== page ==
The Golden Gate Bridge was, until 1964, the world’s longest single span suspension bridge. Build started in 1934 and it was opened up in 1937! Just three years! The pre-start blethering about it went on much longer than usual! That started in 1916! Much of it was about the money to finance building the bridge. The final tender price was for 37 million dollars and it was completed for 2 million dollars under budget.
Doesn’t sound a lot to us but at today’s prices, thanks to inflation, that would be about 10 BILLION dollars!
The bridge runs from the northern tip of the San Francisco peninsula for 1 mile out across the Golden Gate entry into San Francisco Bay and the other end is on Yerba Buena Island. At the same time the more conventional Oakland Bay Bridge was built and this went to Yerba Buena Island from the North to connect the two sides of San Francisco across the bay.
There is one thing about the Golden Gate Bridge that does puzzle me; the actual methods of construction simply don’t seem to be well recorded anywhere! That may be because the whole project was labelled “IMPOSSIBLE” – yes, in capital letters! So perhaps the lack of documentation is just down to it being too complicated for anyone except the guys doing the work to understand! Fortunately there are photographs of the work in progress which pretty well give the game away to us construction professionals!
No mention is made anywhere about the American steel industry which cast the components! We can deduce they were fairly slick because they managed to get the arty-farty Art Deco designs into the support columns!
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The production of these steel components must have started at the same time as work on site began with the foundations for the piers for the steel support columns and the anchor points for the suspension cables. One of the factors which made its construction “IMPOSSIBLE” were the mud and silt in the Bay and the depth of the sea water.
Building work started at each end where huge concrete blocks were sunk deep into the earth and to which the 200-odd steel cables from which the bridge would be suspended were to be anchored. At the same time they built the towers which would begin to guide and raise the cables to the pylons which would bear the weight of the bridge.
Next to come were trestles built out to where the main support towers were to be erected. This gave easy access for the men. Now a major problem raised by the doom-sayers was the depth of the water, tidal surge and high winds. The guys on the job had a simple solution to that! They simply build protective palisades around where they wanted to work!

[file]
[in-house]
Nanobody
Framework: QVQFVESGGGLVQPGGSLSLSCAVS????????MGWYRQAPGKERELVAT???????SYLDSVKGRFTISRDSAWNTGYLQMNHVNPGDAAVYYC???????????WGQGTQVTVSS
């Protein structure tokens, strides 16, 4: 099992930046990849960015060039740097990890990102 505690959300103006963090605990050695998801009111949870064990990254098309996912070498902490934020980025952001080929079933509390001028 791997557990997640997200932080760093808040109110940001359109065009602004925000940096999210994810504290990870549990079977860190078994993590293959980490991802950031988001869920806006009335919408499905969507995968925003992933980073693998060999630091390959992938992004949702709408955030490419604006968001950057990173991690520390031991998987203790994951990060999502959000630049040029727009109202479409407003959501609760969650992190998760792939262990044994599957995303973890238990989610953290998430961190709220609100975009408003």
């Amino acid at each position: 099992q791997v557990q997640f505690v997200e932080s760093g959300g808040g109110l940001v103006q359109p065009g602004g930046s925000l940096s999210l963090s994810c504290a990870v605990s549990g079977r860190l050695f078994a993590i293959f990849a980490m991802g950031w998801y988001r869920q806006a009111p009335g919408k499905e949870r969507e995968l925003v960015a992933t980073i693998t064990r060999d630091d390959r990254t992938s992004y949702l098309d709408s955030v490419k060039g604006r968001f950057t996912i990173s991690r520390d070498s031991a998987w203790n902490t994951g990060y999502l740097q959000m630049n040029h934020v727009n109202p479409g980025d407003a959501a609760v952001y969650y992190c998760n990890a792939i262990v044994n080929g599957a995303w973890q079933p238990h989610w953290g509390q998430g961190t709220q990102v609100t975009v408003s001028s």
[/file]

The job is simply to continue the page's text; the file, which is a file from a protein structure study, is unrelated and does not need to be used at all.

Dug holes in the sea bed, a couple at each end for the two towers, stuck steel and concrete in them and brought these up to the required height above sea level! Pretty much all done and dusted! Just a few bits of steel to bolt together now! That was done by shipping the tower sections out to where they were needed then they were lifted into place by cranes built on the piers.
Once the towers were finished the cables could be drawn between them.
To give access they built pontoons out to where they wanted to work and expanded these as work progressed. The cables were drawn out and sections of roadway taken out and lifted into position. They were then attached to the previous road section and suspended from the cables. Everything was either riveted or bolted together.
This is where it began to get a bit dangerous for those working on the Bridge. They couldn’t erect scaffolding, so everything had to be done either balancing on steel girders or dangling from ropes! Safety nets were strung out under them which did save all except 10 of them perished at once when a safety net failed because too much weight hit it. For some obscure reason there were also a fair number of suicides amongst the workers!
The last bit of road section went in and that was just about it! All that remained was to lay the road surface, install the lights and paint the steel structure! Someone came up with a paint which would preserve the steel from rusting as it was attacked by the salt-laden sea air and also by splashing when the sea became very rough.
This paint was an odd orange-red colour and it was expected that this would have to be over-coated with a more mundane colour. However the consensus was that the colour fitted in with the existing vista and also that it made identification of the Bridge easy at night and in cloudy or foggy conditions, so it has stayed that colour ever since.
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